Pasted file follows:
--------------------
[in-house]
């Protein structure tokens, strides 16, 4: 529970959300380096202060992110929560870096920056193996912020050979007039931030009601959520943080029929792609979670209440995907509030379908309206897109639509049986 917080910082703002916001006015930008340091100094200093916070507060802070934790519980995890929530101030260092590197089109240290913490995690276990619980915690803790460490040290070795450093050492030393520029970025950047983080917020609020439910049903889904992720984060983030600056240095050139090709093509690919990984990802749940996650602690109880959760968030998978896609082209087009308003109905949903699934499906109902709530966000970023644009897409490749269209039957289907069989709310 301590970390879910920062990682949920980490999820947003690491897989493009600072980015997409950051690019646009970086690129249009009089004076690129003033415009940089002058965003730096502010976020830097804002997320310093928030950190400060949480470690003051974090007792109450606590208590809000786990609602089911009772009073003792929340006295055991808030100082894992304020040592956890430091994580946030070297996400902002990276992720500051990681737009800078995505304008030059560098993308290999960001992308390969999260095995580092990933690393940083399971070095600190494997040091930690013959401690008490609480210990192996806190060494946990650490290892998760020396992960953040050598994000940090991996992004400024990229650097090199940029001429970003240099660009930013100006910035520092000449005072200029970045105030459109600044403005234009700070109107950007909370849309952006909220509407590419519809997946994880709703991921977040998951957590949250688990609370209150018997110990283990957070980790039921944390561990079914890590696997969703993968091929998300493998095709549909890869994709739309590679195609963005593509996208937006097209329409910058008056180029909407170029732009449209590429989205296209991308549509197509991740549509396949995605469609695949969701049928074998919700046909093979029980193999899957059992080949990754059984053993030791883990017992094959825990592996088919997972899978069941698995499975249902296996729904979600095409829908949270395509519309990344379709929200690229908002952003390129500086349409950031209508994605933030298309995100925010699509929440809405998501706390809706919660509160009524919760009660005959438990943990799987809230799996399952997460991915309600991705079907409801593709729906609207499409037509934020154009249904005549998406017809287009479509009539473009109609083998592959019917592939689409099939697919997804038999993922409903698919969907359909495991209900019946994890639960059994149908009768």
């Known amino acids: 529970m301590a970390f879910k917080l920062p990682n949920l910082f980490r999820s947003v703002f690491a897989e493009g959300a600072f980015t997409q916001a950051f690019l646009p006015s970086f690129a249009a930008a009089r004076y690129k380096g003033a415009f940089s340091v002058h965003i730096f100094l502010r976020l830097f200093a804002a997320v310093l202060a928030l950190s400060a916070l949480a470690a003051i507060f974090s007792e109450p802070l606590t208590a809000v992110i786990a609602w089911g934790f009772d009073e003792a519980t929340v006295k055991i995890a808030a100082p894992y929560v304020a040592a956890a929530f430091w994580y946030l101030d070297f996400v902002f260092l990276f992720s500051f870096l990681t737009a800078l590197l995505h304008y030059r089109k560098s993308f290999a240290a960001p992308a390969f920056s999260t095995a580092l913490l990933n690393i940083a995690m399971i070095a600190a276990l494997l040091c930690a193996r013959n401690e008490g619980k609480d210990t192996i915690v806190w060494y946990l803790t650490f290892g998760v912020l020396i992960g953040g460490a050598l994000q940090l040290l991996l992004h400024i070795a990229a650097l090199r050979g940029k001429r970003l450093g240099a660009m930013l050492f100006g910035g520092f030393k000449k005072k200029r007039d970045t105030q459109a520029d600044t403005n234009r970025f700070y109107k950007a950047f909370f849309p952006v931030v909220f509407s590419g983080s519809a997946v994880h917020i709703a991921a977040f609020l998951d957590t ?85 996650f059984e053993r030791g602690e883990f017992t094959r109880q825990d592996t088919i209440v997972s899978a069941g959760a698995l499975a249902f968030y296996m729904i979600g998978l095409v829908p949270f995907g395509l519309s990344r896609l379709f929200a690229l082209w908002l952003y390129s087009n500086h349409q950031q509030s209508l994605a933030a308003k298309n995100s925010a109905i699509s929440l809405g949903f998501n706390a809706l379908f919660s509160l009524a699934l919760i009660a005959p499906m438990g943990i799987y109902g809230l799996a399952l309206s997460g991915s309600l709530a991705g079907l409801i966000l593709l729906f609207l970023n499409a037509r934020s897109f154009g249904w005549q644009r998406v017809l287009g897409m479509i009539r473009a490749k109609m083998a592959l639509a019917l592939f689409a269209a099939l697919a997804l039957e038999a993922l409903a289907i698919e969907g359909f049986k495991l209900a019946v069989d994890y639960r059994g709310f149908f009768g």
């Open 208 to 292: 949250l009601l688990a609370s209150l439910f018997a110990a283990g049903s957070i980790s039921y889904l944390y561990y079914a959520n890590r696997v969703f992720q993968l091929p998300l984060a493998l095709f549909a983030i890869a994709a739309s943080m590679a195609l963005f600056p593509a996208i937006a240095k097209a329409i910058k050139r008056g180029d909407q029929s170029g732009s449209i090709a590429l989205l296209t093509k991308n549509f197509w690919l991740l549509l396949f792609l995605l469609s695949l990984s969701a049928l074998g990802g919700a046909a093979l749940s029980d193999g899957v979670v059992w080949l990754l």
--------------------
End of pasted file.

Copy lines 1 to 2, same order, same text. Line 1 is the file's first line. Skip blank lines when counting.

[in-house]
């Protein structure tokens, strides 16, 4: 529970959300380096202060992110929560870096920056193996912020050979007039931030009601959520943080029929792609979670209440995907509030379908309206897109639509049986 917080910082703002916001006015930008340091100094200093916070507060802070934790519980995890929530101030260092590197089109240290913490995690276990619980915690803790460490040290070795450093050492030393520029970025950047983080917020609020439910049903889904992720984060983030600056240095050139090709093509690919990984990802749940996650602690109880959760968030998978896609082209087009308003109905949903699934499906109902709530966000970023644009897409490749269209039957289907069989709310 301590970390879910920062990682949920980490999820947003690491897989493009600072980015997409950051690019646009970086690129249009009089004076690129003033415009940089002058965003730096502010976020830097804002997320310093928030950190400060949480470690003051974090007792109450606590208590809000786990609602089911009772009073003792929340006295055991808030100082894992304020040592956890430091994580946030070297996400902002990276992720500051990681737009800078995505304008030059560098993308290999960001992308390969999260095995580092990933690393940083399971070095600190494997040091930690013959401690008490609480210990192996806190060494946990650490290892998760020396992960953040050598994000940090991996992004400024990229650097090199940029001429970003240099660009930013100006910035520092000449005072200029970045105030459109600044403005234009700070109107950007909370849309952006909220509407590419519809997946994880709703991921977040998951957590949250688990609370209150018997110990283990957070980790039921944390561990079914890590696997969703993968091929998300493998095709549909890869994709739309590679195609963005593509996208937006097209329409910058008056180029909407170029732009449209590429989205296209991308549509197509991740549509396949995605469609695949969701049928074998919700046909093979029980193999899957059992080949990754059984053993030791883990017992094959825990592996088919997972899978069941698995499975249902296996729904979600095409829908949270395509519309990344379709929200690229908002952003390129500086349409950031209508994605933030298309995100925010699509929440809405998501706390809706919660509160009524919760009660005959438990943990799987809230799996399952997460991915309600991705079907409801593709729906609207499409037509934020154009249904005549998406017809287009479509009539473009109609083998592959019917592939689409099939697919997804038999993922409903698919969907359909495991209900019946994890639960059994149908009768």